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This week, we are happy to host a guest post from friend of the Center, John Mozena. John is the president of The Center for Economic Accountability and has been a guest on our podcast. Today, he offers his perspective on the national conversation we are having about justice and why conservatives should support reforming our justice system.

By John Mozena

For my conservative friends:

One of the valuable concepts at the heart of traditional conservatism is the importance of protecting the structures of civilization against decline and barbarism. I see that reflected in a lot of conservatives’ responses to everything going on right now, which broadly (although certainly not unanimously) seem to be tending toward “order at all costs.”

The thing is, order imposed through force is fragile and cannot form a lasting foundation for a healthy society.

It’s also un-American.

That was a key point of our Declaration of Independence: Legitimate governments derive their power from the consent of the governed:

“We hold these truths to be self-evident, that all men are created equal, that they are endowed by their Creator with certain unalienable Rights, that among these are Life, Liberty and the pursuit of Happiness. That to secure these rights, Governments are instituted among Men, deriving their just powers from the consent of the governed.”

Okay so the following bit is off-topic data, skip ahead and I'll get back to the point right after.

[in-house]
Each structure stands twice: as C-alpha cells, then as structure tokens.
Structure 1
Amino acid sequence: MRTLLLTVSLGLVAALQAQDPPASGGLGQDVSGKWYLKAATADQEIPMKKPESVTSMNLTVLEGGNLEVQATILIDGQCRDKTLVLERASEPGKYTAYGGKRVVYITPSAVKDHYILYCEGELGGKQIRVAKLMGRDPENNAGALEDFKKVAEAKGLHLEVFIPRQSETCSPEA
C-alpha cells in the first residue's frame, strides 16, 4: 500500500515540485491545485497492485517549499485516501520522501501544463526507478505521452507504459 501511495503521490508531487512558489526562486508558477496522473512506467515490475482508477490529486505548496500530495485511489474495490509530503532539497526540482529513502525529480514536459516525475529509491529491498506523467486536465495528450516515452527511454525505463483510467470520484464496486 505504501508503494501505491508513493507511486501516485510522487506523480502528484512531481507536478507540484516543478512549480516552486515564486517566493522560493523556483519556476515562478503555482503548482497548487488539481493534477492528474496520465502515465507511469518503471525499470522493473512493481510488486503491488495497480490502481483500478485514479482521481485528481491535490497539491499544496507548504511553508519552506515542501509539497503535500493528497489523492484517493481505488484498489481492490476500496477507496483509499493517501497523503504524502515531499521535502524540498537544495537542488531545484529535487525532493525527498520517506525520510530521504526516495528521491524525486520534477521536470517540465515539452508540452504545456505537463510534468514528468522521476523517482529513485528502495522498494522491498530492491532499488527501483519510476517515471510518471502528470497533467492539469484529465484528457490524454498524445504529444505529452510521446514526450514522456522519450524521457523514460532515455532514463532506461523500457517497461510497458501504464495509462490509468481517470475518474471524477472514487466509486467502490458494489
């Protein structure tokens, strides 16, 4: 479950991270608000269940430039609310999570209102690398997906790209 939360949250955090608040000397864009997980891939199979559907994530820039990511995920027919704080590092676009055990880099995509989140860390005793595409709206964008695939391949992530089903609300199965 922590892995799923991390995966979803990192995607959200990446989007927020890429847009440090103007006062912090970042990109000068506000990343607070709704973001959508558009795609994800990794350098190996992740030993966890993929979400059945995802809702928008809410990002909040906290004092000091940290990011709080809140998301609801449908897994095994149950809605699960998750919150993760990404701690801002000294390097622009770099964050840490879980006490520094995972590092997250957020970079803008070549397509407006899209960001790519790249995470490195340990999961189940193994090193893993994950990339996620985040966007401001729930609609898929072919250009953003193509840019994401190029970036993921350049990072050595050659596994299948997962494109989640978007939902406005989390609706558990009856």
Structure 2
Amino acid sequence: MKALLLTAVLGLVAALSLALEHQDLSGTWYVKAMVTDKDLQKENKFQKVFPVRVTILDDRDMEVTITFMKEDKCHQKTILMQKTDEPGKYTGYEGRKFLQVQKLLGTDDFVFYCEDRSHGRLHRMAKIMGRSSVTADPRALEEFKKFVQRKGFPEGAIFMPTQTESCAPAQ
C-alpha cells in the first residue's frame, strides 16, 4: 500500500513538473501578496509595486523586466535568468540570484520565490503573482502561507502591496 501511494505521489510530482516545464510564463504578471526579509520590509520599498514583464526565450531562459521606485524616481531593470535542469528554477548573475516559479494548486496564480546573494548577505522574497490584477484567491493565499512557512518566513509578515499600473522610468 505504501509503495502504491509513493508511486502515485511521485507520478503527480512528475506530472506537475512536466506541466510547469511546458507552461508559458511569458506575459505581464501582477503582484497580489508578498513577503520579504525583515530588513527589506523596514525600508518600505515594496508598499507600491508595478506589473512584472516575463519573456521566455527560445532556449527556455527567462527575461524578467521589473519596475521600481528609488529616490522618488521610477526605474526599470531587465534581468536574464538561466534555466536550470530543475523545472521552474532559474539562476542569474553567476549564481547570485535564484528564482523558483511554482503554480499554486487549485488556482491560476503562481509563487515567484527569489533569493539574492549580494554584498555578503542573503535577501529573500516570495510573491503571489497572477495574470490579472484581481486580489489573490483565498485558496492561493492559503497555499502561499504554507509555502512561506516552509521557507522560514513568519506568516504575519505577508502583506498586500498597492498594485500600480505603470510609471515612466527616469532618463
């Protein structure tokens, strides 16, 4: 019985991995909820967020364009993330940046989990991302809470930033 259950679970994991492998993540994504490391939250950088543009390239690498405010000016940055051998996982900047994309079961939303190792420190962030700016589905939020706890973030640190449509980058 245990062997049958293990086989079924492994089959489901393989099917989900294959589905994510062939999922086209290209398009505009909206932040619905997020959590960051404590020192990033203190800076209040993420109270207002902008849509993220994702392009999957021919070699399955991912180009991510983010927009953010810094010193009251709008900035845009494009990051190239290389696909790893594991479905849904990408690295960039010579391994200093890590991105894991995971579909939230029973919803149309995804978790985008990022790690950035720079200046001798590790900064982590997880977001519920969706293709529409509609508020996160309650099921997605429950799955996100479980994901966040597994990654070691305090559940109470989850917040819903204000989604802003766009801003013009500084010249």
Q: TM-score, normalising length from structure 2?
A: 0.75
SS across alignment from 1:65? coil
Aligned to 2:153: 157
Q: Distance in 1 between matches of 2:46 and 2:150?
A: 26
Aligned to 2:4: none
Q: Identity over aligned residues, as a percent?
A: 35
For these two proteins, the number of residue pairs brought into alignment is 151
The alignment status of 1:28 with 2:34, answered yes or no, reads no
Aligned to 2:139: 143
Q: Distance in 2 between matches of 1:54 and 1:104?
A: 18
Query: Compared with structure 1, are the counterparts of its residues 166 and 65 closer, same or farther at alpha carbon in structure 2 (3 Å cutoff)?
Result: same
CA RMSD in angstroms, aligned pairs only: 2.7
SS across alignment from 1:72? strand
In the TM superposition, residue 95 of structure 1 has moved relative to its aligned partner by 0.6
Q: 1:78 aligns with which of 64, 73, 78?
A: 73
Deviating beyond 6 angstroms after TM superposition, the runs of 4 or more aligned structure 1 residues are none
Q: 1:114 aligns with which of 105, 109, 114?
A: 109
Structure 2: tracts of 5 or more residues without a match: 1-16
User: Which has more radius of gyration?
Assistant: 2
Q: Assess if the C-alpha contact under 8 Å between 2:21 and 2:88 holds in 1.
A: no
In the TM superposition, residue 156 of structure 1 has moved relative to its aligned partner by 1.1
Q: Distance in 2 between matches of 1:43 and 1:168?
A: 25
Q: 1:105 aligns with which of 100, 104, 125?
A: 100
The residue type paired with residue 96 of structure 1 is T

I think it’s deeply important that we stop and think about that for a second. America’s founding document says that our government has power over us because we agree to give it power over us. And the reason we give it that “just power” is to protect our rights to things like life, liberty and the pursuit of happiness.

It’s hard to look in good faith at the inequities in the American justice system, especially in situations like the killing of George Floyd or Breonna Taylor or any of the tragedies that preceded them, and think that our governments are treating all Americans equally or that everyone’s rights are being protected. In other words, the government’s power is no longer being used justly, or with the consent of the governed.

That’s what people are in the streets trying to change. They are trying to change a system that does not live up to America’s founding principles. As I once heard Hillsdale College President Dr. Larry Arnn say to the audience at CPAC, “Conservatism means conserving something. What do we conserve? There are so many things that are old. Some of them are bad, some of them are good,” and argue that in America, conservatism primarily means protecting both the founding principles of the Declaration of Independence and our nation’s Constitutional form of government.

That’s why, in today’s situation, I argue that the status quo of America’s justice system is not what conservatives should be working to protect. Rather, I suggest you should be siding with those who are calling for reforms that base our justice system more firmly on those fundamental American principles.